4. Chip E

    Chip E Screenwriter

    Nov 25, 2000
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    A dedicated sub is always better for HT.
  5. Neal_C

    Neal_C Second Unit

    Mar 15, 2001
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    How about going with both?
    I just upgraded to Def. Tech 2002tl's up front and a non powered CLR2002. I run the 2002tl's as large and let my SVS 20-39 handle the lfe channel and the bass for the center and surrounds.
    Properly calibrated, I don't think the Def. Techs produce to much bass.

    I like having three 12" subs working nicely together.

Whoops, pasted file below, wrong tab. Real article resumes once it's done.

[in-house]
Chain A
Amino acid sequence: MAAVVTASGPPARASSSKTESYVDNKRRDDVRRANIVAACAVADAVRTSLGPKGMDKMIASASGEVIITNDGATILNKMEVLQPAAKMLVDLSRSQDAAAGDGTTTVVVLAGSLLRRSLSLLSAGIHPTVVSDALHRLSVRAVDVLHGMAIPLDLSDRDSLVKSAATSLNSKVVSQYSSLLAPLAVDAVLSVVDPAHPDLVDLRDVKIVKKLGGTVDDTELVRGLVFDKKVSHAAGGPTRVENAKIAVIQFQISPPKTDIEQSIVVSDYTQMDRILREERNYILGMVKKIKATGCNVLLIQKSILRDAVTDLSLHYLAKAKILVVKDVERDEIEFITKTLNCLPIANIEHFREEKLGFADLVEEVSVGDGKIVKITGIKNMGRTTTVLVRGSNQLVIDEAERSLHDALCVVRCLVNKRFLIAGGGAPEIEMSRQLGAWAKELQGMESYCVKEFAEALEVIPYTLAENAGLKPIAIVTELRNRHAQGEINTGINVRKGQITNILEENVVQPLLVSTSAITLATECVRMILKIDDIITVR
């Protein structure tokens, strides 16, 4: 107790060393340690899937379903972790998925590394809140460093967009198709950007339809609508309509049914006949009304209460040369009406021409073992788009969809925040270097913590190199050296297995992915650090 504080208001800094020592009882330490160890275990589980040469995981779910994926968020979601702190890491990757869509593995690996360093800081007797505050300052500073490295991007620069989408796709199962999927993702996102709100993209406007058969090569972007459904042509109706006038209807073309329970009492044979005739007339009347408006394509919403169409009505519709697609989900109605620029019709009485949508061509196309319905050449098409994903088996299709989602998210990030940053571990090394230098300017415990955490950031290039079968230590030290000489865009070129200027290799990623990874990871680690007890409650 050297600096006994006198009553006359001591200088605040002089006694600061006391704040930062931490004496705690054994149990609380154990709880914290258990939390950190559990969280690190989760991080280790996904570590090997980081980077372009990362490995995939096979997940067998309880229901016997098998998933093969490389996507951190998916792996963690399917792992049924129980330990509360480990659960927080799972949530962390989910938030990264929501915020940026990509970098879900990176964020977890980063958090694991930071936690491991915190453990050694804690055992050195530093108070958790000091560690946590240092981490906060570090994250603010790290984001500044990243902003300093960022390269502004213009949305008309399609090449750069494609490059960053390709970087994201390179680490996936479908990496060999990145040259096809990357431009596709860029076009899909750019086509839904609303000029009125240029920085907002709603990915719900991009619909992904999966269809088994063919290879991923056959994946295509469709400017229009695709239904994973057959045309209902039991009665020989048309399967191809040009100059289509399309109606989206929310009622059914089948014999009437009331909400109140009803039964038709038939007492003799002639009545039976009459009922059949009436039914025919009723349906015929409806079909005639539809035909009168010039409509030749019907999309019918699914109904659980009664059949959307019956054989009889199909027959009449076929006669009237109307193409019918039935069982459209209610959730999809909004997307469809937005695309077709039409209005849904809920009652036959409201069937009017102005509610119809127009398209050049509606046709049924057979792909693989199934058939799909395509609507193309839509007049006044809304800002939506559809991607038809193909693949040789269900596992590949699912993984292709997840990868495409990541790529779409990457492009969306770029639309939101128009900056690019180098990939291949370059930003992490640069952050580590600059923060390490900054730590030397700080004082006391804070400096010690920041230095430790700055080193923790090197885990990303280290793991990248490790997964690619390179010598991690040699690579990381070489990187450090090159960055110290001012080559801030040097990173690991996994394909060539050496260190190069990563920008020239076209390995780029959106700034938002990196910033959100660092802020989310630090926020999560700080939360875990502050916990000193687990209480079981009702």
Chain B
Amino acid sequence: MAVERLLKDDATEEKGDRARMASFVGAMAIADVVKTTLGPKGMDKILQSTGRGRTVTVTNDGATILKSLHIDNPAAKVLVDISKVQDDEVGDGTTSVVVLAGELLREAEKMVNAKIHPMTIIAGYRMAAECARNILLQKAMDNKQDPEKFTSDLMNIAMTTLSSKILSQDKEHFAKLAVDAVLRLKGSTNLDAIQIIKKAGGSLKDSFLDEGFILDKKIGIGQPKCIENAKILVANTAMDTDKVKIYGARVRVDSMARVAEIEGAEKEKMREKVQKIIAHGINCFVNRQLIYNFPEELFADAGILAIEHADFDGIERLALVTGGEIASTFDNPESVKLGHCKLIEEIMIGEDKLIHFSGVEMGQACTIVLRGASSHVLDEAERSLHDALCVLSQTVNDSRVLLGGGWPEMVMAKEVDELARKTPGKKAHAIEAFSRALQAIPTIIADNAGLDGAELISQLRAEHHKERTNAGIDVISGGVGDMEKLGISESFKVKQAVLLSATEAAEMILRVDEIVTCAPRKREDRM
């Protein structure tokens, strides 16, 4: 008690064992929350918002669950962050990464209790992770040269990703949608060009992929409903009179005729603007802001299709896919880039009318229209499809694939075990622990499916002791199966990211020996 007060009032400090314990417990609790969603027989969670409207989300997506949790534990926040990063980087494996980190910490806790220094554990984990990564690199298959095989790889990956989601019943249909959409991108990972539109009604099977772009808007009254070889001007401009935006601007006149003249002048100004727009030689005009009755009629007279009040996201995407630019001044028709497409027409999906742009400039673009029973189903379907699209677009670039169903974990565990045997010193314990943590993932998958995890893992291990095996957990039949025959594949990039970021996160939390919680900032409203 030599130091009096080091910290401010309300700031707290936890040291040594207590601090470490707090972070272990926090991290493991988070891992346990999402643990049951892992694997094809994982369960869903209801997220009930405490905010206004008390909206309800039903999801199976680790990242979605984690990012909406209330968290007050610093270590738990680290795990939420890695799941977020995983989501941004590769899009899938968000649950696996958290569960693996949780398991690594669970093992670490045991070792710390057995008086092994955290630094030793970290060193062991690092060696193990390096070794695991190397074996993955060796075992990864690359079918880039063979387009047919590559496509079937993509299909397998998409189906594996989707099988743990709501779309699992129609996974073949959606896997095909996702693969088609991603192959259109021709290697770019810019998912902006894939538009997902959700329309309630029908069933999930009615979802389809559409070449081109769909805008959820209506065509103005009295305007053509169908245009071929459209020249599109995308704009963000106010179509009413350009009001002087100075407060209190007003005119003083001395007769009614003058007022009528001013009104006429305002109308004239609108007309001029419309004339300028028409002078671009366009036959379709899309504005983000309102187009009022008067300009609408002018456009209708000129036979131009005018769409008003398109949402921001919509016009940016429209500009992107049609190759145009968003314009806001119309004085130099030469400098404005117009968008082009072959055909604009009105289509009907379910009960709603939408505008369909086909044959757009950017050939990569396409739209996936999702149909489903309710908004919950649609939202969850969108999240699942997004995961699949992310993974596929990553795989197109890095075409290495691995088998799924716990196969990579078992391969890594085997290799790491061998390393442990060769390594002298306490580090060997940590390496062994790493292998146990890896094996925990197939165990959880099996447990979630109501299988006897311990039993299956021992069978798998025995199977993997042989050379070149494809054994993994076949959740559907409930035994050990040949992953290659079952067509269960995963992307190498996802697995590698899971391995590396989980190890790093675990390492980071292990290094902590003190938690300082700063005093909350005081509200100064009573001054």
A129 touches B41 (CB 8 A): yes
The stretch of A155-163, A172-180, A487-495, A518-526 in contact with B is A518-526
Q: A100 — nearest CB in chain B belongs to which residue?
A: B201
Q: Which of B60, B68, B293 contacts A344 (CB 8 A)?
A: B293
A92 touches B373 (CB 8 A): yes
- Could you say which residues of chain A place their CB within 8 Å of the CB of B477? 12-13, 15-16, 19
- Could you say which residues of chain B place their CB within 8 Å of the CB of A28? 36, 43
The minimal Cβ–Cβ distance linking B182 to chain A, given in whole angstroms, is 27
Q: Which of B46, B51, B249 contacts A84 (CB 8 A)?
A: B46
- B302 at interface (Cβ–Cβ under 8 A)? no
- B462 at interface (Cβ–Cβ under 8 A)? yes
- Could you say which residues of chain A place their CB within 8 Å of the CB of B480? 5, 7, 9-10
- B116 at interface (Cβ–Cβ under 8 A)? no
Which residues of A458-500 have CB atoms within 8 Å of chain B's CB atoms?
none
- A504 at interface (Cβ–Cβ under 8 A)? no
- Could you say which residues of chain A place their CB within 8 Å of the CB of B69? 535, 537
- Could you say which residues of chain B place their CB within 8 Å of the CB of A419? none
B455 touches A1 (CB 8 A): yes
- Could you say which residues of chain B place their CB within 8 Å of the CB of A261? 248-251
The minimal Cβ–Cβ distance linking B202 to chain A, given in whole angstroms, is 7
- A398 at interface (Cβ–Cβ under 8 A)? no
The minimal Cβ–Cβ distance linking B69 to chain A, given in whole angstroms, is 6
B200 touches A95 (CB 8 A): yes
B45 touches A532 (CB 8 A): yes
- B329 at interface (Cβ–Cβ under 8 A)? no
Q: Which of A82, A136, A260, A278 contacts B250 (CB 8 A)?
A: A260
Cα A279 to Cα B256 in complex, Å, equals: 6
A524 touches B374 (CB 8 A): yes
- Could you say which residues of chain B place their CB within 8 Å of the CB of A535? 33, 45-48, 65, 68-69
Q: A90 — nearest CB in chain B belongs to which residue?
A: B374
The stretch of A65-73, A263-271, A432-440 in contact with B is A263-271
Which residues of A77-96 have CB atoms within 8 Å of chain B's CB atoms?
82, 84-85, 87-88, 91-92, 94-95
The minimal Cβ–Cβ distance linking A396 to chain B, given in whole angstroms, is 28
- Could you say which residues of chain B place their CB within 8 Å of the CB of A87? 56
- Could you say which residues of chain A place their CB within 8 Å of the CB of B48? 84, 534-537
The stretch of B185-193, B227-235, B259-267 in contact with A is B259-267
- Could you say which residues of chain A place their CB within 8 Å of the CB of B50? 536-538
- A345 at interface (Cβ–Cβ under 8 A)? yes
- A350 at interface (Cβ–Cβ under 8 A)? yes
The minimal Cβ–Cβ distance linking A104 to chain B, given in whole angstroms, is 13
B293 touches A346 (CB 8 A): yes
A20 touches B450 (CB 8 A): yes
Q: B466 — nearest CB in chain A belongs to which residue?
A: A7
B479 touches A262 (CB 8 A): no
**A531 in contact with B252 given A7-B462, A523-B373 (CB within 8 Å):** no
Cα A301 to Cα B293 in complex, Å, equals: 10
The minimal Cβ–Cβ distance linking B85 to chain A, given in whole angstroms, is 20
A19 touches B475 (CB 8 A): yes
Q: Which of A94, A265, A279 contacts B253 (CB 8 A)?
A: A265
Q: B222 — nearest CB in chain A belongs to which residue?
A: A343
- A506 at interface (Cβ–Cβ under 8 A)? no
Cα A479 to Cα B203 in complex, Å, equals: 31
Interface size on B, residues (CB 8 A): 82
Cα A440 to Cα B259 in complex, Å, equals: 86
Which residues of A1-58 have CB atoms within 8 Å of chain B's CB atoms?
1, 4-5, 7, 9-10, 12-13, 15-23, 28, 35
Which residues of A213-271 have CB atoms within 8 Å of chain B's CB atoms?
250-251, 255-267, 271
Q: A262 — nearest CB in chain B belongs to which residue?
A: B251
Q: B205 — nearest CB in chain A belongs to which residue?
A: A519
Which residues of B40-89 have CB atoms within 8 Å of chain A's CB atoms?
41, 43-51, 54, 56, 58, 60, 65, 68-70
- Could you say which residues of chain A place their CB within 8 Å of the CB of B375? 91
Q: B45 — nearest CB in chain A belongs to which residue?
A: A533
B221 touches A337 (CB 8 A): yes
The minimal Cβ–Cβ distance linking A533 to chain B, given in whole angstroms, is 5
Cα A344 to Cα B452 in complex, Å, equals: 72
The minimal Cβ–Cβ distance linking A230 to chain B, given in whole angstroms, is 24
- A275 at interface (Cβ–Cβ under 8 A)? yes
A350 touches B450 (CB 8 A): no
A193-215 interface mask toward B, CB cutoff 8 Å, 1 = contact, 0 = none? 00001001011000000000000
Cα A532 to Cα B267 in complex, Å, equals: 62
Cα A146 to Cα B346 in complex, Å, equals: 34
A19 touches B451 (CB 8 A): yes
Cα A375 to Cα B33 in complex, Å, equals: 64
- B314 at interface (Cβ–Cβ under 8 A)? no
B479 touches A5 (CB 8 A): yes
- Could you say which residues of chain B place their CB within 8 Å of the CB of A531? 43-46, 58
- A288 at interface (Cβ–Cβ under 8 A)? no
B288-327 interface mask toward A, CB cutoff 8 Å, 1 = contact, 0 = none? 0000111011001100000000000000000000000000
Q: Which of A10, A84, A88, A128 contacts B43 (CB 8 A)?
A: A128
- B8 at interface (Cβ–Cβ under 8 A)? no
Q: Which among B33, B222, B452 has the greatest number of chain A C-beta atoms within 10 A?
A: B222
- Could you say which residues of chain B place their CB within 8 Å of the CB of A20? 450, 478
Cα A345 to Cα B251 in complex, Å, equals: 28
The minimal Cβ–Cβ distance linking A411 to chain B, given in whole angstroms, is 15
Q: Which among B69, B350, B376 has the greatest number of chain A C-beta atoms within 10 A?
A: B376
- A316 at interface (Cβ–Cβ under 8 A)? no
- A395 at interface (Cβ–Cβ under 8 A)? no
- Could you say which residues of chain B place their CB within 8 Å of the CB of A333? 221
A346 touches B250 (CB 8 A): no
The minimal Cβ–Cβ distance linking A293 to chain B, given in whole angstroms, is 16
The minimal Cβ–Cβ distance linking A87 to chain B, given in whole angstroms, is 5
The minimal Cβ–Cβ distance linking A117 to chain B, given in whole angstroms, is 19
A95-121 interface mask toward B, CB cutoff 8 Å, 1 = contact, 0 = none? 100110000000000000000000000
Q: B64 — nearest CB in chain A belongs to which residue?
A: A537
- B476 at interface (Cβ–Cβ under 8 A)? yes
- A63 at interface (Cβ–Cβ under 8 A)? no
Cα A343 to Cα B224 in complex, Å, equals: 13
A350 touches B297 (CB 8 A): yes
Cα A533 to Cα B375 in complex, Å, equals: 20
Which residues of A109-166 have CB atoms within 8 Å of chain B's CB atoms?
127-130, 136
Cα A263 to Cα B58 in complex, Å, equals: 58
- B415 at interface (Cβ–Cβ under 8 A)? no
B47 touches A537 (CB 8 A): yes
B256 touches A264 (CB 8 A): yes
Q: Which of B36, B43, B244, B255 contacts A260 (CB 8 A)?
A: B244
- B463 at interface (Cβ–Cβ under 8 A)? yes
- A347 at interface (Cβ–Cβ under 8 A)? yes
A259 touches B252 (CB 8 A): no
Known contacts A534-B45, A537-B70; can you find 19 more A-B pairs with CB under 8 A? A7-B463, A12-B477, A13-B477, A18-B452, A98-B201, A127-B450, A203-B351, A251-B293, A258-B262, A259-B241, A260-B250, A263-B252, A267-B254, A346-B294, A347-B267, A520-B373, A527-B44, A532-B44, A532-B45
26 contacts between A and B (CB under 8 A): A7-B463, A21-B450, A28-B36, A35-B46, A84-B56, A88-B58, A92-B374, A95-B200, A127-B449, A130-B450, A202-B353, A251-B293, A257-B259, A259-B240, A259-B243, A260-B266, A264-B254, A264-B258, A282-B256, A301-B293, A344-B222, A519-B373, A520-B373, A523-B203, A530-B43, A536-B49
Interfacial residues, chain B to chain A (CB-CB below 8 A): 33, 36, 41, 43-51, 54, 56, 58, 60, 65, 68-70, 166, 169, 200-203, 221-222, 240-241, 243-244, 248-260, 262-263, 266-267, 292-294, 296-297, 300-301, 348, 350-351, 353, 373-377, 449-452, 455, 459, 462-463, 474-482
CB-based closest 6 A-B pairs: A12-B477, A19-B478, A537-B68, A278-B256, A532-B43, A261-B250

6. John Doran

    John Doran Screenwriter

    Jan 24, 2002
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    it all depends on your listening preferences - the subs in the def techs will audibly distort way before the SVS. so, if you listen much louder than 92-95db, then despite the fact that the SVS won't be sweating, the bass you actually hear will be distorted.

    i have the bp2000tl's and decided to pick up an SVS because i was tired of listening to bass-harmonics during loud, bass-heavy passages in movies. but when i set-up the SVS, i forgot to disable the subs in the towers, and as a result the bass didn't sound much different, since the towers were still working and distorting.

    once it occurred to me what was happening, i turned off the subs in the speakers and - presto - beautiful, clean, low bass.

    if you don't listen too loudly, then the subs in the def techs may be ok.